Extremadura offers some superb bird-watching opportunities. It is huge, sparsely populated, and has great habitat diversity. It is located on one of the major European migration routes and has a wide range of species which may be observed at different seasons. There is also a wonderful range of butterflies, reptiles and mammals.
The region is larger than Switzerland and is made up of two large, sparsely-populated provinces - Cáceres and Badajoz. Badajoz is the largest province in Spain (for comparison, it is over 4 times the size of Norfolk) but with only a population of 700,000. Cáceres is the second largest in Spain. The population density of Extremadura is 26 inhabitants per square km (London, by comparison, has 5,200).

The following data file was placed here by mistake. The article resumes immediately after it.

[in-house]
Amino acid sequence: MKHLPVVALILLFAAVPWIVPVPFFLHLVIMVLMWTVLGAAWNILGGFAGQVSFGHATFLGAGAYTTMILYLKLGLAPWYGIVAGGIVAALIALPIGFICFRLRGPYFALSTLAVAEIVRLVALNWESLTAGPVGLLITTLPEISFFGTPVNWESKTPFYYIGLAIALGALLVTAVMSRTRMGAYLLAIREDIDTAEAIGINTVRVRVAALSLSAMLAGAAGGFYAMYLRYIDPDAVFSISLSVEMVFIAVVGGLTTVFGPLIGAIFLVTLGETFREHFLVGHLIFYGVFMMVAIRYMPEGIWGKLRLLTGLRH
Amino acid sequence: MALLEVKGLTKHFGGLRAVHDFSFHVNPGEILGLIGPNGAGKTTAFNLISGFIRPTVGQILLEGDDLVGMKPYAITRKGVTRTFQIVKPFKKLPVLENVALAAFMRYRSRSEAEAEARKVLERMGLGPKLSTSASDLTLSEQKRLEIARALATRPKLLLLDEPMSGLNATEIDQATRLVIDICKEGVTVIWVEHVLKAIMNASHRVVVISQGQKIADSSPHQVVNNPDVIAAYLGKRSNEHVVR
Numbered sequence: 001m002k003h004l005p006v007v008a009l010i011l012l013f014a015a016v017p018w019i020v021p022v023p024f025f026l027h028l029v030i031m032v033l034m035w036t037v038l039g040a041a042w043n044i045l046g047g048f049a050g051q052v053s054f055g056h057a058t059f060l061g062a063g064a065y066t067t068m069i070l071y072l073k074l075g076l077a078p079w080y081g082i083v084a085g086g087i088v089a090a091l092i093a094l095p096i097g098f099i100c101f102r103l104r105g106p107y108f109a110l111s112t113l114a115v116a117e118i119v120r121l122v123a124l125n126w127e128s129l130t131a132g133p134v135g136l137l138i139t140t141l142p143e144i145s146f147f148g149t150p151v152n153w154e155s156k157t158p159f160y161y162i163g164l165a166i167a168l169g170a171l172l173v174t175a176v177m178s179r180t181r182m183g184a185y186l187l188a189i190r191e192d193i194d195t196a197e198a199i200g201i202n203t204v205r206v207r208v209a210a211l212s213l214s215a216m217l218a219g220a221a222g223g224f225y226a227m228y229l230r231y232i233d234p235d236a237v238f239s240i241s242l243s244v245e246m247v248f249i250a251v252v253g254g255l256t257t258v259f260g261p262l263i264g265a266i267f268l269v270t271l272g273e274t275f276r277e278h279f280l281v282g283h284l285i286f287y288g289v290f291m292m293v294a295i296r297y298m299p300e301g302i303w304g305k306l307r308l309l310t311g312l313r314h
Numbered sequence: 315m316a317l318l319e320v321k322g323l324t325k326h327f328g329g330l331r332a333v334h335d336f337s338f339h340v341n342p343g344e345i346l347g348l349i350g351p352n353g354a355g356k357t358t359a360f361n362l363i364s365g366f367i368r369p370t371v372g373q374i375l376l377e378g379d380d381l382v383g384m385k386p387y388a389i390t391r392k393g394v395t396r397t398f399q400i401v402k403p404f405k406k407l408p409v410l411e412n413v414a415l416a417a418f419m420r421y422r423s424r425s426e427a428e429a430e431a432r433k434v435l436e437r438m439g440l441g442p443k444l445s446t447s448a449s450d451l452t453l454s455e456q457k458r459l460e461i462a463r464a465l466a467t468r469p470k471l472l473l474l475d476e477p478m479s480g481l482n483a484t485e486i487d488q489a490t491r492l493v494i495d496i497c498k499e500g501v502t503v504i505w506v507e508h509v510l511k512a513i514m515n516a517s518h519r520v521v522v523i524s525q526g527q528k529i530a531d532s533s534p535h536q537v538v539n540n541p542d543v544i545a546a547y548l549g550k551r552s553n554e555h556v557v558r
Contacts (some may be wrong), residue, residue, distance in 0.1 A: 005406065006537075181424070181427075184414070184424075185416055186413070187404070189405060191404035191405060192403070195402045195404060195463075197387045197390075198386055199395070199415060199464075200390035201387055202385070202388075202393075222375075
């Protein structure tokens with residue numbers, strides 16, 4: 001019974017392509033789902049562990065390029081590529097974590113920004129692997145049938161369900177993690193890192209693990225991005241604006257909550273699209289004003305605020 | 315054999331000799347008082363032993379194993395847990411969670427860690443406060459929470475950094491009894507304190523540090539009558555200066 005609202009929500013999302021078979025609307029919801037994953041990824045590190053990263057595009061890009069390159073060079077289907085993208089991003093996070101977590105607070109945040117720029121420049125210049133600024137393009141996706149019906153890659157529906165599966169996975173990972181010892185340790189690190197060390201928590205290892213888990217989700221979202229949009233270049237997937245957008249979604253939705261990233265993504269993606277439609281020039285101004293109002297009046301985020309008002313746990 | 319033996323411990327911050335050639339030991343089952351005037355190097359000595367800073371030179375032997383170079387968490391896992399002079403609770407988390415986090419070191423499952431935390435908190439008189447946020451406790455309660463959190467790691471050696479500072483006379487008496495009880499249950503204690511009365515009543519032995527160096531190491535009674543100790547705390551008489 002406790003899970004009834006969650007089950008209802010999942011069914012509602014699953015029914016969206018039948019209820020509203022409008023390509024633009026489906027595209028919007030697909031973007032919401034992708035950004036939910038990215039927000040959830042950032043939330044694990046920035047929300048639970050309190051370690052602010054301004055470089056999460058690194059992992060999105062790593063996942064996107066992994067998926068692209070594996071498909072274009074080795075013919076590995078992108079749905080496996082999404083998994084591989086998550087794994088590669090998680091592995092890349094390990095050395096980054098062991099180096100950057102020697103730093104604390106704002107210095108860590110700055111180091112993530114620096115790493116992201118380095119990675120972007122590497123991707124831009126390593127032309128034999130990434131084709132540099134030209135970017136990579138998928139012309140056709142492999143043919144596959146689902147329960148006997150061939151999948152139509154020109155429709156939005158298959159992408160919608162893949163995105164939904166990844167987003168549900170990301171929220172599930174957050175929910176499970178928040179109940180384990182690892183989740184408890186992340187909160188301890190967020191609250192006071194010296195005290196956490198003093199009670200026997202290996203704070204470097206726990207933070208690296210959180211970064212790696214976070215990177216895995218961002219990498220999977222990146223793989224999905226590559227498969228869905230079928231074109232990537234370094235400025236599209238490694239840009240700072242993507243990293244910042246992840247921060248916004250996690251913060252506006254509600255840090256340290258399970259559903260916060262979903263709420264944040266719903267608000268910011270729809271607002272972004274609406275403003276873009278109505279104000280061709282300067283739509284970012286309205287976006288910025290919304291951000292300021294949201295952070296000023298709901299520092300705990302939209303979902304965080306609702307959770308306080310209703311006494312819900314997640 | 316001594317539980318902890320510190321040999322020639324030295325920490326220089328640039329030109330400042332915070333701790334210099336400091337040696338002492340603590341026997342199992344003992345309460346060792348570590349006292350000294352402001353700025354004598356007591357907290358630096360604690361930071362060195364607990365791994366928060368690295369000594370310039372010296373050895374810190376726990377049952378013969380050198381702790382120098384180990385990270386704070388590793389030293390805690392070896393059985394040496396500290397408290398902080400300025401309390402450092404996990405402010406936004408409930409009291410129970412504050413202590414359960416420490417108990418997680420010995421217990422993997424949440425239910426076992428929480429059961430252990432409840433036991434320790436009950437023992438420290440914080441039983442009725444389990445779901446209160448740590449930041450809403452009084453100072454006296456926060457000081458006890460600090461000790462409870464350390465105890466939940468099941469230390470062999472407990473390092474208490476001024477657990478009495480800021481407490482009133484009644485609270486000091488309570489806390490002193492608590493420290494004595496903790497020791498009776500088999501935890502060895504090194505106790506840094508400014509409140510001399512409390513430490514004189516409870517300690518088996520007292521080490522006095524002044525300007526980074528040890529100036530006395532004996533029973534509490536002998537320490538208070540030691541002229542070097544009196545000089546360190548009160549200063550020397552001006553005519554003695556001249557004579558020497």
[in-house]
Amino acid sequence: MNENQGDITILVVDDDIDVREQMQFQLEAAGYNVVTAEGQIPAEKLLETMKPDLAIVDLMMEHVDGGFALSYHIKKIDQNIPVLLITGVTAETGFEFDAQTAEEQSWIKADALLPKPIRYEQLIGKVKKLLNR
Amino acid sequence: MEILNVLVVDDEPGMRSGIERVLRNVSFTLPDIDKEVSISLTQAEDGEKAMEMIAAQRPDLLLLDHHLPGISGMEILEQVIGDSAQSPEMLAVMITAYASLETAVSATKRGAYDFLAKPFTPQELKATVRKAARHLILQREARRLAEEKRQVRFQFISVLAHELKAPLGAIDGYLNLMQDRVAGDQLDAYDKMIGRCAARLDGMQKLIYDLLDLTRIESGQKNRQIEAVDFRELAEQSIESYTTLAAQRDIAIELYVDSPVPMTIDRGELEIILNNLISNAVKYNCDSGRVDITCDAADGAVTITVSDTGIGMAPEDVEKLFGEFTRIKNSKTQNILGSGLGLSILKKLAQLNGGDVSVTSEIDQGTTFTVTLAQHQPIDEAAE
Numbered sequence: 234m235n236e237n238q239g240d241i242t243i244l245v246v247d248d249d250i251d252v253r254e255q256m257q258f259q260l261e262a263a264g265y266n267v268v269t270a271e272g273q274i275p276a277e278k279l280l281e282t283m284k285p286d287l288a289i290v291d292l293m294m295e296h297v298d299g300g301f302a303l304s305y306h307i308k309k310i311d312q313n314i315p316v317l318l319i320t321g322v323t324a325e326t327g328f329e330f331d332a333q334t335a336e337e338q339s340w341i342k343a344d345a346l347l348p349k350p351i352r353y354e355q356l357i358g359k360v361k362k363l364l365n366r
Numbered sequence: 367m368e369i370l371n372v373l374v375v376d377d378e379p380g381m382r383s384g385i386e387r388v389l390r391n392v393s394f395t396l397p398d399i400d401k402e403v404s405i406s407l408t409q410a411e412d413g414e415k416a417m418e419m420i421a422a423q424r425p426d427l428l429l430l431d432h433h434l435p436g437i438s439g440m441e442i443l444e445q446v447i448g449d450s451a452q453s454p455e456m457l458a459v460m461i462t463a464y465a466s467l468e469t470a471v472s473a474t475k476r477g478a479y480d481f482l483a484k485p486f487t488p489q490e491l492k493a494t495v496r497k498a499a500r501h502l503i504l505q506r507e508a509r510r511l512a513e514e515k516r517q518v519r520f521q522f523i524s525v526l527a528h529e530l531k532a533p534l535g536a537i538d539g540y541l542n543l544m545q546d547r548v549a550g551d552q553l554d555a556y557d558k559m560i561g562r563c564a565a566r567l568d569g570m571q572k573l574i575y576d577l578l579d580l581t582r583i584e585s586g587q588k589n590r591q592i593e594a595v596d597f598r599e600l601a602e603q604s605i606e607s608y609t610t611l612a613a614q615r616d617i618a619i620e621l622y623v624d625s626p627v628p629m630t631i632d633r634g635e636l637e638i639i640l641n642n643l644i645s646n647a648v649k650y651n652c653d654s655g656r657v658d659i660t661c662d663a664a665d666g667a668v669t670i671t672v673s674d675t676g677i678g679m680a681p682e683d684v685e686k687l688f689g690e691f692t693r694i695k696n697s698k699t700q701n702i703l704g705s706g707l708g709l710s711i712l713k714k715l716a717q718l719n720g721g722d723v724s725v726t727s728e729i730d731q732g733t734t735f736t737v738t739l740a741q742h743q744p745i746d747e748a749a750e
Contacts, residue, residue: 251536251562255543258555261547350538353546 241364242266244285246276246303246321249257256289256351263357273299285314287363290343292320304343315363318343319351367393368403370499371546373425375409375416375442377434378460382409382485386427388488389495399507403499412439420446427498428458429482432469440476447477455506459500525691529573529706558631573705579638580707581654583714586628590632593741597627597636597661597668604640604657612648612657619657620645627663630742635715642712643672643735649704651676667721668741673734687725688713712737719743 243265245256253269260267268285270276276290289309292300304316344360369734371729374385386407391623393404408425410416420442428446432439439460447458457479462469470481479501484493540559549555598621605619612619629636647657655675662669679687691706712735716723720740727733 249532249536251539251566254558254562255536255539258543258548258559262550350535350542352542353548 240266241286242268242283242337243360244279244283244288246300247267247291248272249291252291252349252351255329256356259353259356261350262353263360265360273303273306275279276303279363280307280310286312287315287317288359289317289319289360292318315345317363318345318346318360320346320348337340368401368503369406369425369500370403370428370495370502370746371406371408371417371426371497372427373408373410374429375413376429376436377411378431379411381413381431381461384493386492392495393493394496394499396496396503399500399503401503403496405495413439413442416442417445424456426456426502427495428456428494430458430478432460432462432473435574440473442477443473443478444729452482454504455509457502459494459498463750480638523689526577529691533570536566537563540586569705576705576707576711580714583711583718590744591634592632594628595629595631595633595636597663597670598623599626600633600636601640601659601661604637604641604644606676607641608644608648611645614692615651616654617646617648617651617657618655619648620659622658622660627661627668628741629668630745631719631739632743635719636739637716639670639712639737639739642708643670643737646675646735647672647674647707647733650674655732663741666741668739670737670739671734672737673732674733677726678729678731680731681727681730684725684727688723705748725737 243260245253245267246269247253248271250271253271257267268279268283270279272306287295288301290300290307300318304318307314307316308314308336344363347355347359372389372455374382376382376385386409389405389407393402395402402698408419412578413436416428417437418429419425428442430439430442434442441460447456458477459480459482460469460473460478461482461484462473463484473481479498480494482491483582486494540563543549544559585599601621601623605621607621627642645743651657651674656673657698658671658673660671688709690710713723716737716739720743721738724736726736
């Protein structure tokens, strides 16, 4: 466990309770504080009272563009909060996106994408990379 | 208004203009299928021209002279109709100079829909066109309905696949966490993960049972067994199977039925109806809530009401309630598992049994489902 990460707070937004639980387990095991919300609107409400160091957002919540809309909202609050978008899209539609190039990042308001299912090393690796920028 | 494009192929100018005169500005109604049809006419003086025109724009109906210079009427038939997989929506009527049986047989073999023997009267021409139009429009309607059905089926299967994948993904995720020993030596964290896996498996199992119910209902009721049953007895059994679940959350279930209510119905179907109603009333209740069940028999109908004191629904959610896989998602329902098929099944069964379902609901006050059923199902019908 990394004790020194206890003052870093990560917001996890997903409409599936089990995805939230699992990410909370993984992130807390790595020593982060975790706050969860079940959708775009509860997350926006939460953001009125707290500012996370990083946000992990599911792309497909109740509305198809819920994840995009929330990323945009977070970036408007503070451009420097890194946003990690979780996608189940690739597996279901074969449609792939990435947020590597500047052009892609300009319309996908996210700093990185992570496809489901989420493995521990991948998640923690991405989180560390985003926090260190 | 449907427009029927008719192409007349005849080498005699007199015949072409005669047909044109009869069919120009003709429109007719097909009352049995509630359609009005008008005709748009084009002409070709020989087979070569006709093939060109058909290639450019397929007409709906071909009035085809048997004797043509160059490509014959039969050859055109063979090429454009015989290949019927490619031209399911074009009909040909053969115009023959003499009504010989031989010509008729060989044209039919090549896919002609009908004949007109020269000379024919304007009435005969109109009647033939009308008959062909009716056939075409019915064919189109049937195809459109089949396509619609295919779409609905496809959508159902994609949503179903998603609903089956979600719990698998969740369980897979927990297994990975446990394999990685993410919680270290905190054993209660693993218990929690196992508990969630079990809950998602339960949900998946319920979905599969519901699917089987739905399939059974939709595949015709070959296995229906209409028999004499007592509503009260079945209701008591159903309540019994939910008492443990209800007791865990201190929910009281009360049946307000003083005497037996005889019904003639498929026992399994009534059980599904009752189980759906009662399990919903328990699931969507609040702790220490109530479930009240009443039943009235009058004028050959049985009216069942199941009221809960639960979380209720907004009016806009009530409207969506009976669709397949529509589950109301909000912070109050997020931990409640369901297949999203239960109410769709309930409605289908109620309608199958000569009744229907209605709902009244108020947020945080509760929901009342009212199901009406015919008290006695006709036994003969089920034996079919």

It has a range of habitats including irrigated plains, open woodland or dehesa, river valleys, man-made reservoirs, extensive Mediterranean scrub, rolling grassland or steppe, and mountains rising to over 5,000 feet. Whilst it is easily accessible and boasts some of the best and the quietest roads in Europe, it remains largely unknown even within Spain. There is virtually no industry and much of the agricultural activity is bird-friendly. The areas designated as IBA (Important Bird Areas) reach 74% - this is the highest of any region in Europe.